Whether that be personal life, academics, career, health, or basketball

1% better every day

Don’t worry about being a millionaire overnight

Celebrities aren’t made by one movie (they usually did several crappy movies before the star in the movie that “makes” their career)

Rome wasn’t built in one day

It’s not a lot, but baby steps eventually turn into strides, and before you even realize it, you will be running fast towards your goals

Money

Modern money has no intrinsic value

and I think that makes it the most fascinating case study ever

The USD is the global reserve currency and 60% of world transactions are dealt in USD

That’s crazy

The USD is backed by US.

But if the country’s economy fails, like Venezuela, Ecuador, or Zimbabwe, then the currency also fails. Zimbabwe now uses the USD after their currency fell to a value of zero. Now you can get 100 trillion dollar Zimbabwe bills on eBay for roughly $80

Money has value not intrinsically, but universally is accepted as valuable because of a universal trust

This is the reason a lot of things in our world exists

Communities, religions, brands, Bitcoin and all cryptocurrencies

Even the local bar you go to, which might not intrinsically be better than the pub two doors over, will garner more people if there is a higher perceived trust of value

Certain parts of India don’t accept the 10 rupee coin because it is perceived as non-legit, despite being fully and legitimately backed by the Central Bank of India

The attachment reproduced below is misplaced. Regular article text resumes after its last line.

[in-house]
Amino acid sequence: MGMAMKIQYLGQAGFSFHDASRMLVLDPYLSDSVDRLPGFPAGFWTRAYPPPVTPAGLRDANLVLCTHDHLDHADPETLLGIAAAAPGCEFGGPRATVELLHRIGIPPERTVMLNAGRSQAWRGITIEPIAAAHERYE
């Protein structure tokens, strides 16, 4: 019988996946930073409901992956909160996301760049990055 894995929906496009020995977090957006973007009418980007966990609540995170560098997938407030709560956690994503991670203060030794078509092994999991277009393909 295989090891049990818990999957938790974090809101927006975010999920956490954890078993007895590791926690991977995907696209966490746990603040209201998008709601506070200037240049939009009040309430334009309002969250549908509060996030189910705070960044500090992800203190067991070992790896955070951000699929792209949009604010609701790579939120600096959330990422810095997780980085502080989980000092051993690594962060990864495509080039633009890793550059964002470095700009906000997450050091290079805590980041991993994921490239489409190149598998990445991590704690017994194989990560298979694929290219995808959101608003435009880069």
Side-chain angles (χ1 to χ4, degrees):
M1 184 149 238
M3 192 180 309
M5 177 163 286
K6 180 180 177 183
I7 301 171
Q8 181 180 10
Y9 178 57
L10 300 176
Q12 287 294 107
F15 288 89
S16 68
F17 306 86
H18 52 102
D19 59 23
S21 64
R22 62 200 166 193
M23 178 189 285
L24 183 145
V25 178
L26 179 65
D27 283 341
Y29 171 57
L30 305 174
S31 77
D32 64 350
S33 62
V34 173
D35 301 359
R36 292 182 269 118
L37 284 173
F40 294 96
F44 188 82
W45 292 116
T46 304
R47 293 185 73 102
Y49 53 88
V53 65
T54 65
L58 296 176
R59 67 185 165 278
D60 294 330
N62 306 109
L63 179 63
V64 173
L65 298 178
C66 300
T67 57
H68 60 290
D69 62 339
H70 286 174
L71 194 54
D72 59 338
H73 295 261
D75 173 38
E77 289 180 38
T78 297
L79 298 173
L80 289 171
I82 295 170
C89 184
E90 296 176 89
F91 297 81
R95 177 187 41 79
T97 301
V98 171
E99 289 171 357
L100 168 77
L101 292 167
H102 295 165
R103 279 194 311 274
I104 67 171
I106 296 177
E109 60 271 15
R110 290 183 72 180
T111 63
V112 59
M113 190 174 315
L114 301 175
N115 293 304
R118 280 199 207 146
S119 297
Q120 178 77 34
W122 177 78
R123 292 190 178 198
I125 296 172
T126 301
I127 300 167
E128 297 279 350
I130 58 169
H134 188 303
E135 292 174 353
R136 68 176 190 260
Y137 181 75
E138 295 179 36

psychologically, we want to tag along on what everyone else uses

and that’s why money is valuable: because we all deem it to be

But what if one day we don’t?

That is why money is so interesting. It is a platform for power, but also a platform subject to collapse

History

It’s important for all of us to story history because that is the only real groundwork we have to better understand the future

History rarely repeats, but it often rhymes

All revolutionary thinkers study past revolutionary thinkers

and so if you wish to be revolutionary, first understand the history and the framework of all the past great thinkers

only once you have a groundwork of history can you transcend what has already been done

The greats become greats after they’ve studied and surpassed the greatest before them

Kobe studied MJ, Lebron studied both Kobe and MJ, Kevin Durant studied all of the above

Every economist will have studied Adam Smith, Keynes, Friedman, etc.

All the great thinkers start with Plato, Aristotle, and then move to modern thinkers: Hegel, Kant, Sartre

And every great piece of literature is influenced by T.S. Eliot, Mark Twain, Tolkien…

History will bring us to the future

Social Gatherings